Make the rich pay for pensions and benefits linked to inflation

31 May 2022

By R. Banks

IN A desperate effort to distract the public’s attention from the ongoing Partygate scandal, Chancellor Rishi Sunak has unveiled a package of measures to help those ‘hit hard’ by the cost of living crisis, partially funded by a windfall tax on energy profits.

While scandal was the impetus for the announcement, desperate action is indeed needed to mitigate the impact of inflation, which is rising even faster than forecast. The energy price cap, already raised by £693 in April, is set to increase by a further £830 in October.

For the millions of workers and the unemployed struggling to make ends meet, the Chancellor’s announcement will no doubt come as some relief.

The Tories have stolen a march on Labour, effectively plagiarising their only concrete policy proposal in response to the crisis. The announcement sparked criticism from reactionary quarters, including the Confederation of Business Industry (CBI), with one MP, Richard Drax, accusing the Chancellor of ‘throwing red meat to socialists’. However, many in the press have uncritically swallowed the government line, parroting Sunak’s statement that his mini-budget will ‘make sure the most vulnerable and least well off get the support they need at this time of difficulty’.

What’s on offer?
The Chancellor has announced an additional £15bn support package which includes: a one-off £650 payment to households on Universal credit, tax credits, pension credit and legacy benefits; a separate one-off £300 payment to pensioner households; and £150 to individuals receiving disability benefits. In addition, the £200 energy bills discount due in October is being increased to £400 and the requirement to pay it back scrapped.

These relief funds will be raised by a 25% levy on oil and gas companies’ ‘extraordinary profits’. However, an ‘80% investment allowance’ will double the amount of tax relief companies get on any profits they reinvest, saving them 91p for every £1 they invest. Another tax cut for the rich. Also the new levy does not apply to the electricity generation sector, where monstrous profits are also being extracted.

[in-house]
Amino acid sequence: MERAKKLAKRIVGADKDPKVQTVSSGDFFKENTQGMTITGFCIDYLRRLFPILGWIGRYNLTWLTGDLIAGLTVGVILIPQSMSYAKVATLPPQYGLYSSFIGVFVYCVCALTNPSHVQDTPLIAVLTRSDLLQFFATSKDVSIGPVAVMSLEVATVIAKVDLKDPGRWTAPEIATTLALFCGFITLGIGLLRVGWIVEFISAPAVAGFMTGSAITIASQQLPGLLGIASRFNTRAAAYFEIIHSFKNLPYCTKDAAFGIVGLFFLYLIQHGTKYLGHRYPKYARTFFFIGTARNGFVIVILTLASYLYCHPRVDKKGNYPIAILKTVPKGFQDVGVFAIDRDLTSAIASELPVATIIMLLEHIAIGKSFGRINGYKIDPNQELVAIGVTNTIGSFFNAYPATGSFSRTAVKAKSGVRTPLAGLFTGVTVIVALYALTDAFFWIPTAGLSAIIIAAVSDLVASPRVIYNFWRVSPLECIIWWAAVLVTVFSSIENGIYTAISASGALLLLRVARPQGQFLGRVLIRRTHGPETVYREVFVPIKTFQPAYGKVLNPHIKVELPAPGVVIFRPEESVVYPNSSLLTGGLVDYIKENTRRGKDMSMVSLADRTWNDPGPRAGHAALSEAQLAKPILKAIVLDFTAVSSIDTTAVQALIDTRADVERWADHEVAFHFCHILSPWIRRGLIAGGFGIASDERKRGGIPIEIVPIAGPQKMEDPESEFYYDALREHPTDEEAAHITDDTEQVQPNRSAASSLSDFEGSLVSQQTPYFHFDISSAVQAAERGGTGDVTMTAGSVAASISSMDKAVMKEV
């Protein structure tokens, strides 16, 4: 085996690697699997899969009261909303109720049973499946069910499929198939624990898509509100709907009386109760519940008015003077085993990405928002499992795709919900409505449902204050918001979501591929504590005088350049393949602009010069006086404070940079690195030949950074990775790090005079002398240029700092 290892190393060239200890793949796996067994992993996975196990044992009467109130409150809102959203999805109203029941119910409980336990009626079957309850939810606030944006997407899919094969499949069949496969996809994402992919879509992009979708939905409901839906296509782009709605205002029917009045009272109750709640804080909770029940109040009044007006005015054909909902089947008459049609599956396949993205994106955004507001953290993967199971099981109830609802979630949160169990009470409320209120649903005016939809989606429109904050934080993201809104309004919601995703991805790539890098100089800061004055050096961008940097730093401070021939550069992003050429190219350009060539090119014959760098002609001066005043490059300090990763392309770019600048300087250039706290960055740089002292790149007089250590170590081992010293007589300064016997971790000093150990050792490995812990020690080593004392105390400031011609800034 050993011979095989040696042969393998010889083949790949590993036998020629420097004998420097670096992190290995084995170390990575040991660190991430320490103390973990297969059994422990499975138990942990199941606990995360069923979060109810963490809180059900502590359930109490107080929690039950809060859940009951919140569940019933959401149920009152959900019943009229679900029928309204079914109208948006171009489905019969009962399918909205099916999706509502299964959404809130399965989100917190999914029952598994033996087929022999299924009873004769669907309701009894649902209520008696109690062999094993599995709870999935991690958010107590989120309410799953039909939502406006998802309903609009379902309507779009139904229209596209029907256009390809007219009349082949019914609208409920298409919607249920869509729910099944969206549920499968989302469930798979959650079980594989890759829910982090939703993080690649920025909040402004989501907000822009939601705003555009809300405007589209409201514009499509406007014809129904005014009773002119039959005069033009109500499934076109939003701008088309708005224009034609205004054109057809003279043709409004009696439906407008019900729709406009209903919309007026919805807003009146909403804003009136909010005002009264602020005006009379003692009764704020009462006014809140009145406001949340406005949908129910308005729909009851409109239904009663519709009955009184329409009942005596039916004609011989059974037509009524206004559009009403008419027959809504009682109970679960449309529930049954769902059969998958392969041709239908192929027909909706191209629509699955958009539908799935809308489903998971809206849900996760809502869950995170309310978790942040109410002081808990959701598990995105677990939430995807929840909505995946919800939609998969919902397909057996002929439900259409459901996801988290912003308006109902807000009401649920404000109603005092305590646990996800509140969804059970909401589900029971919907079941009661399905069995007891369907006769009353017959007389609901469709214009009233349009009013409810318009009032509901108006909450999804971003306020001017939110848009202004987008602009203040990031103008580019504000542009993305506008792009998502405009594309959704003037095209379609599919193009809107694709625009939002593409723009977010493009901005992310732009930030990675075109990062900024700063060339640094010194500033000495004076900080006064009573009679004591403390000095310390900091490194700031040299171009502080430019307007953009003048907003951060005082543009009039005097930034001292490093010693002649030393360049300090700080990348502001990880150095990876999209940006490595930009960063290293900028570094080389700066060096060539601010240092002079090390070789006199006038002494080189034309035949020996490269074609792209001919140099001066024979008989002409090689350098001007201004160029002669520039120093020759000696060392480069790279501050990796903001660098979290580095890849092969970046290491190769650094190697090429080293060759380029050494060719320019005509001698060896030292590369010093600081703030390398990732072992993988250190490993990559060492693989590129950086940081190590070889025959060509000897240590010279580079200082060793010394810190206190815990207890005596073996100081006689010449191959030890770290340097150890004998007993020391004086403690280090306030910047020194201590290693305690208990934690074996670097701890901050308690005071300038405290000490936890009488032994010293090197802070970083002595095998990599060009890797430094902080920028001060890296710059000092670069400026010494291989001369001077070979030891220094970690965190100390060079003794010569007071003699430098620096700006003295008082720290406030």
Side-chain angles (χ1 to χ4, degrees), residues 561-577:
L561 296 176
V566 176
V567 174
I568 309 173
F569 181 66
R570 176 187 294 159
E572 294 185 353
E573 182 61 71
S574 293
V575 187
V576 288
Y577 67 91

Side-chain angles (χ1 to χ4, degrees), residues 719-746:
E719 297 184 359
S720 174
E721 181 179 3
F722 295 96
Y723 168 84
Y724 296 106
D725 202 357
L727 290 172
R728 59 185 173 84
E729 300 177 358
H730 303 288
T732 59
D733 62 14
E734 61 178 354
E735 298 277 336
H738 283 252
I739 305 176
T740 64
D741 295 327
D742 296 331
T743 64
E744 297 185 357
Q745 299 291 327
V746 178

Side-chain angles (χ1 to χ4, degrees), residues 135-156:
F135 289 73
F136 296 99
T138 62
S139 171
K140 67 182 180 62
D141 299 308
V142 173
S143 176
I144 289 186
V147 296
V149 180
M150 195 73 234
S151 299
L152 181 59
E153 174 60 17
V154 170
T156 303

The Government expects to raise around £5bn in the first 12 months, but made clear that the tax is temporary and will be phased out if oil and gas prices return to ‘historically more normal levels’.

The chancellor also set out his so-called ‘strategy’ to control inflation through ‘independent monetary policy, fiscal responsibility and supply side activism’. For those not versed in Tory economic jargon, this is code for allowing the Bank of England to continue its free reign over interest rates, and the government to slash public spending and give tax breaks to the rich.

These measures go further than Labour had demanded. The party’s proposal was for only £200 relief for the average household and up to £600 for the hardest hit. The windfall tax to be implemented by the Tories is also higher than the 10% levy proposed by Keir Starmer’s Labour. The problem with Labour’s strategy of posing just ever so slightly to the left of the Tories is, now that its inadequate measures have been surpassed, the ‘opposition’ is sidelined.

But this should not disguise the fact that Sunak is offering a raw deal to working families. The ‘energy bill discount’ still leaves most households down by over £1,000 a year. October’s planned £830 rise in the energy price cap is estimated to cost UK households a collective £19bn.

Make the bosses pay
Ofgem has decided to protect the super-profits of energy giants at the expense of the working class. BP and Shell alone are expected to make a combined £40bn in profits this year across their global operations.

They should be nationalised without compensation and placed under workers’ control. That way we can cap prices at levels set by consumers, certainly no higher than they were last summer. Investment must be channelled into renewable energy production, not more oil and gas.

The unions need to launch a wave of strikes over pay around the unifying slogan of 15% or £15 an hour, whichever is higher. Instead of fighting alone, the strikes should be co-ordinated and wherever possible linked together.

We also need a mass movement, like the poll tax rebellion. State pension and benefit increases were capped at 3.1% this year, way below inflation, which even the Bank of England acknowledges is running at 11% for the poorest. They should be set at the level of the minimum wage, below which nobody should be expected to suffer.

Finally, we need local action committees, cost of living campaigns: not the branded ones that only exist for set-piece demos and online rallies, but real ones that draw in delegates from all the workplaces, unions, pensioners and youth campaigns.

If we can do this, we can turn the cost of living crisis into a crisis not just of capitalism but a crisis for capitalism.

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